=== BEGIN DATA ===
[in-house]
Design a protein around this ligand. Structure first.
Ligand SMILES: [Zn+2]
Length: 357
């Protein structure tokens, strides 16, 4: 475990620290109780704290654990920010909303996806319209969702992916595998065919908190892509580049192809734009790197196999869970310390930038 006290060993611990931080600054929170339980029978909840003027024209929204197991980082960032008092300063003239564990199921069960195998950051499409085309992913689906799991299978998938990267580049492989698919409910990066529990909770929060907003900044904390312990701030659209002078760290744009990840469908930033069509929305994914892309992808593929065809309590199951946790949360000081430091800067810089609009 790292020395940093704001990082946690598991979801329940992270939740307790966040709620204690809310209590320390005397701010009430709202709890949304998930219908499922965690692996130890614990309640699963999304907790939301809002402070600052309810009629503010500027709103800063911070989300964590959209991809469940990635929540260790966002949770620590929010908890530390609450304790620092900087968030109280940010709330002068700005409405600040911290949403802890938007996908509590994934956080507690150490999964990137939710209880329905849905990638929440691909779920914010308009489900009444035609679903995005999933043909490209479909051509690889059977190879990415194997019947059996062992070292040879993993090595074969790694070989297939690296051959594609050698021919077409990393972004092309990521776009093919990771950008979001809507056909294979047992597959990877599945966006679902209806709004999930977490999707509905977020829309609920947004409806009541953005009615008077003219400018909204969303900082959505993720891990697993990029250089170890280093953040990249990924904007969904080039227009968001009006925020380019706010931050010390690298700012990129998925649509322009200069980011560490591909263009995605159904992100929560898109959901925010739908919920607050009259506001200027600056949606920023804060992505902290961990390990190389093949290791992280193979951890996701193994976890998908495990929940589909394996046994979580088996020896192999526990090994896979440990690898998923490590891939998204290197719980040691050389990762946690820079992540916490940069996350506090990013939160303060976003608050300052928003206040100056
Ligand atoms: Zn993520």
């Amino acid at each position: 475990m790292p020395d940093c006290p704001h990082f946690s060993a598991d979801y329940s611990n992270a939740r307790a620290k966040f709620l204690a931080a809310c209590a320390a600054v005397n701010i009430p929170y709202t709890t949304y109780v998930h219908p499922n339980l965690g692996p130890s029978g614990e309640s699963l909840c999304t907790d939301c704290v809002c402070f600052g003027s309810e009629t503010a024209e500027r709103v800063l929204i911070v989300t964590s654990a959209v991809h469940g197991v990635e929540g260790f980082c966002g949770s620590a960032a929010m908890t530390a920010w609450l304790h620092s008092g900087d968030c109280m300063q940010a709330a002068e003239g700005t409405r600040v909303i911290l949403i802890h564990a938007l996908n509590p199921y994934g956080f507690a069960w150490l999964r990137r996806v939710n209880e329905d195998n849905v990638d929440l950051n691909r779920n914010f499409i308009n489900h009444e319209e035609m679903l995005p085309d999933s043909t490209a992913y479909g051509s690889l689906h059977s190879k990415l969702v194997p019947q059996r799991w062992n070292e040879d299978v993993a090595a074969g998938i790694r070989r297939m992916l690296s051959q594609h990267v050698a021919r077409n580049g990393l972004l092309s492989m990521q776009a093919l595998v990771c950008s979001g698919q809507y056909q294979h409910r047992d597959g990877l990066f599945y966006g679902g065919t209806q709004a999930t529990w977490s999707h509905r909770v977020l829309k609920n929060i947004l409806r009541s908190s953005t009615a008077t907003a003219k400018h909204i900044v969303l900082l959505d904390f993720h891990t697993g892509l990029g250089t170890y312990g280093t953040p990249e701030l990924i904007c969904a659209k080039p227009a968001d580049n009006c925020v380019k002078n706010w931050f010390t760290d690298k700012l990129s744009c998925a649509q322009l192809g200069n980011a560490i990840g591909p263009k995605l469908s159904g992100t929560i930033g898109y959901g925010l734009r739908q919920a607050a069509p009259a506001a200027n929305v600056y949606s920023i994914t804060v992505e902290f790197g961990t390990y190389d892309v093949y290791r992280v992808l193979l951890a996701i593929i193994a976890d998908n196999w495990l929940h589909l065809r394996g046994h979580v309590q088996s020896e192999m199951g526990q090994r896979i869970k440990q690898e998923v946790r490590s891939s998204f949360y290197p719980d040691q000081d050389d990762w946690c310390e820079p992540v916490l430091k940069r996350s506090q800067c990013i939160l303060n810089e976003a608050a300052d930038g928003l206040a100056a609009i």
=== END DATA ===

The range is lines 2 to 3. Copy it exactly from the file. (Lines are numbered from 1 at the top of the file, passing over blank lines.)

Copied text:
Design a protein around this ligand. Structure first.
Ligand SMILES: [Zn+2]